High school students around the country are bellyaching that not enough food is being served during lunch following the institution of new limits on portion size.
The Healthy, Hunger-Free Kids Act of 2010 sets new federal guidelines concerning the maximum number of calories per meal, and the total amount of protein per serving.
At Parsippany Hills High School, grumbling students are putting their protest where their mouth is, organizing a "lunch strike" over the healthier meals. "This year you're eating lunch and you're like ‘Did I even eat?'," student Brandon Faris told CBS 2. "You're not even full."
The president of the Pomptonian Food Service, which supplies the school with its meals, says every school district they work with has expressed similar complaints. "It's a very dramatic shift and it's being noticed everywhere," Mark Vidovich told Patch.
The fast-growing movement gained a national anthem last week when a group of teachers and students from Wallace County High School in Kansas put together a parody video called "We Are Hungry," which mocks the new rules.
The video has been viewed on YouTube over half a million times since it was uploaded on September 17th.
"We didn't do this for political purposes," said English teacher Linda O'Connor, who wrote the lyrics. "We did this for educational purposes. We didn't expect it to hit a nerve like we have. We wanted to teach kids, if there is something they want to speak out against, go ahead and do that. That's part of being here in the great land of the United States of America."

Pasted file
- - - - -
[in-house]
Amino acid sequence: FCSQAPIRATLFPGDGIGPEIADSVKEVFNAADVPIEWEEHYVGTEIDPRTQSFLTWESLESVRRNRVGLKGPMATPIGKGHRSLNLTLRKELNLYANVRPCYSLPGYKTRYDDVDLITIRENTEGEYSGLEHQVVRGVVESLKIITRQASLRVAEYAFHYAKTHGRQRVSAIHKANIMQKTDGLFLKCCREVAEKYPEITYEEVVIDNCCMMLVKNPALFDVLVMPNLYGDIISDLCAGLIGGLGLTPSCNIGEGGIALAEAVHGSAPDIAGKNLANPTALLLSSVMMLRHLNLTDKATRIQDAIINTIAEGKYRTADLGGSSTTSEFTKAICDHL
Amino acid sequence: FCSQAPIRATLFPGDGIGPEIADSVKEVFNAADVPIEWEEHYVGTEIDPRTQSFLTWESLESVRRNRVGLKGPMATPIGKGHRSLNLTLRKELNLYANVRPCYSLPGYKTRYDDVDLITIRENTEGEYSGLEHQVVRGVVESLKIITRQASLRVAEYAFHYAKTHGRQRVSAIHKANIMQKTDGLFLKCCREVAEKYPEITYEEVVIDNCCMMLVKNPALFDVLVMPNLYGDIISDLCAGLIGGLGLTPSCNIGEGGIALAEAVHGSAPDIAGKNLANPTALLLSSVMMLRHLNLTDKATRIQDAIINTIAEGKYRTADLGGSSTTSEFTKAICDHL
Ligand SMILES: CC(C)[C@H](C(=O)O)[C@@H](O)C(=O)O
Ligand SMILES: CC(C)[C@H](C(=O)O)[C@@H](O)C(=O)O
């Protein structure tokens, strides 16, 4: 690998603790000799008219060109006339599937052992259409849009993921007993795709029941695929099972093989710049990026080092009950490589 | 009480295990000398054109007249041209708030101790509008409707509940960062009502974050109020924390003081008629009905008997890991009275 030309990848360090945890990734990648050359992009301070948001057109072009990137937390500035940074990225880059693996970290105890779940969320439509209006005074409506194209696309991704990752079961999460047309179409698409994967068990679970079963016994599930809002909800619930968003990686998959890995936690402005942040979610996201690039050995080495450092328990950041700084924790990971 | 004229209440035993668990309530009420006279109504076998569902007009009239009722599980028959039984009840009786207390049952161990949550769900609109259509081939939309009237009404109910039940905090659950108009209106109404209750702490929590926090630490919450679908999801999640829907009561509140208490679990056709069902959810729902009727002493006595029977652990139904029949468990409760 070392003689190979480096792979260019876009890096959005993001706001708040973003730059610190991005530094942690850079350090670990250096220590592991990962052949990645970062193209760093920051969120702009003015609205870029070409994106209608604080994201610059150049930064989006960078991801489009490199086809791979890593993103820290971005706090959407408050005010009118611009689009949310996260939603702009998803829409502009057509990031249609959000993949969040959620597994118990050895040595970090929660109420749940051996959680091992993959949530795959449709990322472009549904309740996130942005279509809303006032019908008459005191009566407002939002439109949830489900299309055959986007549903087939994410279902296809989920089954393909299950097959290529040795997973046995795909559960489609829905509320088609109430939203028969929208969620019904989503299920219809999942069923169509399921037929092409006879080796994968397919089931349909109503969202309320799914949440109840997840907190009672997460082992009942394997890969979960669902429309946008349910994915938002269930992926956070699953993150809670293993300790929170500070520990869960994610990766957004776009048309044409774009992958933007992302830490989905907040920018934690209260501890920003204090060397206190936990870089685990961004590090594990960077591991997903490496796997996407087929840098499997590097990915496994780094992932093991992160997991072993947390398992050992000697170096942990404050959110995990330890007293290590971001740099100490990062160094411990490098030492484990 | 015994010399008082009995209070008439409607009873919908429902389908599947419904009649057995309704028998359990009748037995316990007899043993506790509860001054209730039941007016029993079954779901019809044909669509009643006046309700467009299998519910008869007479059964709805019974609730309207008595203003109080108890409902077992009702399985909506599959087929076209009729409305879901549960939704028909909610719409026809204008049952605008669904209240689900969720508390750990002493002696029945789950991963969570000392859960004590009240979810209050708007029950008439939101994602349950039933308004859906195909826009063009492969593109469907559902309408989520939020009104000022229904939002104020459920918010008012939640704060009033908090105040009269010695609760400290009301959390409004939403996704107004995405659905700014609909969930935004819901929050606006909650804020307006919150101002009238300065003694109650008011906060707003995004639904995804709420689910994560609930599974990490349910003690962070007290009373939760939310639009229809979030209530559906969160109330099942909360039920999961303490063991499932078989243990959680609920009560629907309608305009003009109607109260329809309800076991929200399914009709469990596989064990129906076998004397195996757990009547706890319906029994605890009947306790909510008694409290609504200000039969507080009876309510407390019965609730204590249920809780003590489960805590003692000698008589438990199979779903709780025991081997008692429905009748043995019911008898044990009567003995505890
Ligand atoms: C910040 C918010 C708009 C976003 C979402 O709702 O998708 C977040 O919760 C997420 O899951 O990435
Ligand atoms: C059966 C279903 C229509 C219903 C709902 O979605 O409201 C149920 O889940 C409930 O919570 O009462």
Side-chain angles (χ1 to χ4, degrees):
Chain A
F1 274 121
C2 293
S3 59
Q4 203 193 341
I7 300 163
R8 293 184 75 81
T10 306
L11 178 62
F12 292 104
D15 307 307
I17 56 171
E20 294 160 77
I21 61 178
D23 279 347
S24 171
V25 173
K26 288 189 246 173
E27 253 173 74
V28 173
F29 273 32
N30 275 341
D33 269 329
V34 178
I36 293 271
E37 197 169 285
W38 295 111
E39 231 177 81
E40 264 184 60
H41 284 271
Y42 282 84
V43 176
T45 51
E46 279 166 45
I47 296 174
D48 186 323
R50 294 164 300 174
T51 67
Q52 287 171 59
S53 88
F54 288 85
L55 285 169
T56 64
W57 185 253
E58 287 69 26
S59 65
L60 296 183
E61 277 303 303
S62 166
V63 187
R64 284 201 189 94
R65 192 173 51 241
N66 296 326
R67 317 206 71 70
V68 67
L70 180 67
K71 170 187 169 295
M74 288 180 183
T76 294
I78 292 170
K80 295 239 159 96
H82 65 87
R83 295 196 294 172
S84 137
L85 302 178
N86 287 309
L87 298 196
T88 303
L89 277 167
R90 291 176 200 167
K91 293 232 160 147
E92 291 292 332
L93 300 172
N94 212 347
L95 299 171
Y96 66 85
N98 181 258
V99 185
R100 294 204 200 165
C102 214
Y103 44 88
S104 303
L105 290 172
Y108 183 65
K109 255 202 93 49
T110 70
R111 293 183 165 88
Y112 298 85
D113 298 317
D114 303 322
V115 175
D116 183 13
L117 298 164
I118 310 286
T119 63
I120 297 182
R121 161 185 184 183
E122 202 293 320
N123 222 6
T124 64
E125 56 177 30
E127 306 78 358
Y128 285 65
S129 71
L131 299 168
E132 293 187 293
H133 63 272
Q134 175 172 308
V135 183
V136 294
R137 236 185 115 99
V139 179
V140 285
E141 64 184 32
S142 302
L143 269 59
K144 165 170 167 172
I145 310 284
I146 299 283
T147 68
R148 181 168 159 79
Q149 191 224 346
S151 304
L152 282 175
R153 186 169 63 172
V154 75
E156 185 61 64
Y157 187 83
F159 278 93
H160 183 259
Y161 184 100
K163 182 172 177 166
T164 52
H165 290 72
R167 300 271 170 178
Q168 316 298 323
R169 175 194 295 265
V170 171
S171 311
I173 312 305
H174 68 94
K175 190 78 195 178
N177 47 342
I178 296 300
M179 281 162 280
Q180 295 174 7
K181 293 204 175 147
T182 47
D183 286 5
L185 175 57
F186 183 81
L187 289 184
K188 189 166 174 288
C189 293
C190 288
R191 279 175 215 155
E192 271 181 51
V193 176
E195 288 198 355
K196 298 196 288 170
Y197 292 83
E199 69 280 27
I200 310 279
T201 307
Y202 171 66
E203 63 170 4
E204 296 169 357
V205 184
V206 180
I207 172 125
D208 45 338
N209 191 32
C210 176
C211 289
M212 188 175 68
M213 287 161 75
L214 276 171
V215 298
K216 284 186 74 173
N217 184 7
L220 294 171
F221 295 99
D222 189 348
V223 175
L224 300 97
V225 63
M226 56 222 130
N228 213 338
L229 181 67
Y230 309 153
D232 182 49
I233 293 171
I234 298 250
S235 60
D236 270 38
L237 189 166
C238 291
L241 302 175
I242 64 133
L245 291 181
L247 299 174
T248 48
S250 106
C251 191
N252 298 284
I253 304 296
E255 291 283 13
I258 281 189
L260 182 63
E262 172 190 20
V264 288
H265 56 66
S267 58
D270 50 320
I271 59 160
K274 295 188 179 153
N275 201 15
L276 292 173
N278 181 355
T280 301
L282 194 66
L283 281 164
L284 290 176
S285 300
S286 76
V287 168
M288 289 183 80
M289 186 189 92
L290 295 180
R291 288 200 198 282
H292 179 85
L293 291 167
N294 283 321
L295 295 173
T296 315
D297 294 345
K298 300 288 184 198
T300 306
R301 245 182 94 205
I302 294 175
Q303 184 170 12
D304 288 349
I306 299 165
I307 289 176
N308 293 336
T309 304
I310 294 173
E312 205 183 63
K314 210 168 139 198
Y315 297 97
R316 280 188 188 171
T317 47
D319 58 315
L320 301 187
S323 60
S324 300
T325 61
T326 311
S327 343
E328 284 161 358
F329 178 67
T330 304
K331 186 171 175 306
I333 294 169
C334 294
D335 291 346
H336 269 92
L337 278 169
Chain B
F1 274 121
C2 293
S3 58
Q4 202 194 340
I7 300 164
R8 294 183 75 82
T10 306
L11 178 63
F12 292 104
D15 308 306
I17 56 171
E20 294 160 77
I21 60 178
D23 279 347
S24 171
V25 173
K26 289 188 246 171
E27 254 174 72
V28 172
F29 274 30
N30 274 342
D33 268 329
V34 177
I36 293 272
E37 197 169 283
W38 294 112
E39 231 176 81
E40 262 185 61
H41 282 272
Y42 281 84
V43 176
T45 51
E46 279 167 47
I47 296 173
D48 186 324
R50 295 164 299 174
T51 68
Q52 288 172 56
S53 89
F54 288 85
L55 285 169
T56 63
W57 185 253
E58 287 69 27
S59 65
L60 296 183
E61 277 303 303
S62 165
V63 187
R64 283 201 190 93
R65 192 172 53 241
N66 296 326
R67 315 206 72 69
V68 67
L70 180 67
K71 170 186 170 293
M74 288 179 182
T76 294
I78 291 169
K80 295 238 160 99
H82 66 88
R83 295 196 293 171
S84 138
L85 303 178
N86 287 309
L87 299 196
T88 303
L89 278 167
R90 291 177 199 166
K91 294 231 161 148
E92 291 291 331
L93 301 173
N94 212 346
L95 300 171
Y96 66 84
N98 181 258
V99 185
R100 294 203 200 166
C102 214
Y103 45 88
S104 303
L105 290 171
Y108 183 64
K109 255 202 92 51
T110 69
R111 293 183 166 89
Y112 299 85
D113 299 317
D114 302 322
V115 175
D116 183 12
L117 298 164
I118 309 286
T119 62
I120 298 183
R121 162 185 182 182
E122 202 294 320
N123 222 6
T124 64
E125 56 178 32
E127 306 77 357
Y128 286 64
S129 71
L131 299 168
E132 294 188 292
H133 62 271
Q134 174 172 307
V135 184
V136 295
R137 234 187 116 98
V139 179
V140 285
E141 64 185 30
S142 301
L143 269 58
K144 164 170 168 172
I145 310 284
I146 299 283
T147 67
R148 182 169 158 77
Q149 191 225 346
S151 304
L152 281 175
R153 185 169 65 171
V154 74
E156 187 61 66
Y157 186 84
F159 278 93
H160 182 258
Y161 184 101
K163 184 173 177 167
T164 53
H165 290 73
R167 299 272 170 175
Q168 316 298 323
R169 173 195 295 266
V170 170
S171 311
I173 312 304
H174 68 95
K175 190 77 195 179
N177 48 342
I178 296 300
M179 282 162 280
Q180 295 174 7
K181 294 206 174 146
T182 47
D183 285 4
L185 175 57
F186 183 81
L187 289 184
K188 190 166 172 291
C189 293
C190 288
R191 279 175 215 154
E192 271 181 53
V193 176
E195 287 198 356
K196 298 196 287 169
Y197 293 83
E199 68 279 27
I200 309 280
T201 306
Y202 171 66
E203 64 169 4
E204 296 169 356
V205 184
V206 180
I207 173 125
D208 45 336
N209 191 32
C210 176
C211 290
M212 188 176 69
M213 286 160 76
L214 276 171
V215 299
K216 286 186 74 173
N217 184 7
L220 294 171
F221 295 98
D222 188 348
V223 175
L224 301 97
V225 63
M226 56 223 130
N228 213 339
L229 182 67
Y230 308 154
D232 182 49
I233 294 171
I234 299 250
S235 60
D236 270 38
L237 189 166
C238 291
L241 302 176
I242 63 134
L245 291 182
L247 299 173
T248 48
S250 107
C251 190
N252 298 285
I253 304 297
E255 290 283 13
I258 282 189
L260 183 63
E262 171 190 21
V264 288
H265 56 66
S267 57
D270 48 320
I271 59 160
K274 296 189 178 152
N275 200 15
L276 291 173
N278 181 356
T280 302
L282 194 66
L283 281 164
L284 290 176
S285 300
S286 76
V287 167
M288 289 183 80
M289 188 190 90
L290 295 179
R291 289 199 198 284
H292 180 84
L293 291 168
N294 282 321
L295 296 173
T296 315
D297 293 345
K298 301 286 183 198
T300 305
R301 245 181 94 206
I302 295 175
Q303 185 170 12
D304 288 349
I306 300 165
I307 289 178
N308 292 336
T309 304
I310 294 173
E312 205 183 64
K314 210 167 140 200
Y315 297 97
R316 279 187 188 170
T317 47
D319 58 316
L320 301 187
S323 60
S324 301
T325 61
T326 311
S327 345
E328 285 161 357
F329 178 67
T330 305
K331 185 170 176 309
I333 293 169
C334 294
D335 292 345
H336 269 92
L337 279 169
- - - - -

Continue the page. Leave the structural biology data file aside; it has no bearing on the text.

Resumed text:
But some suggest there is a definite political undertone to the uproar against the new standards, particularly given First Lady Michelle Obama's direct involvement in their passage.
Margo Wootan, who oversees nutrition police for the Center for Science in the Public Interest, points to a study that showed high schools were serving students an average of 857 calories each day before the new guidelines went into effect.
The new 850-calorie cap placed on lunches, therefore, isn't far removed from what students were already eating.
And the 12-ounce weekly limit on meat or meat alternatives actually brings the amount in-line with what kids should be eating. "It's an outdated idea that kids aren't getting enough protein — most kids are eating twice the recommended amount," Wootan says.
And if students truly wanted more food instead of just more junk, they are invited to help themselves to as many fruits and vegetables as their chubby little fingers can carry.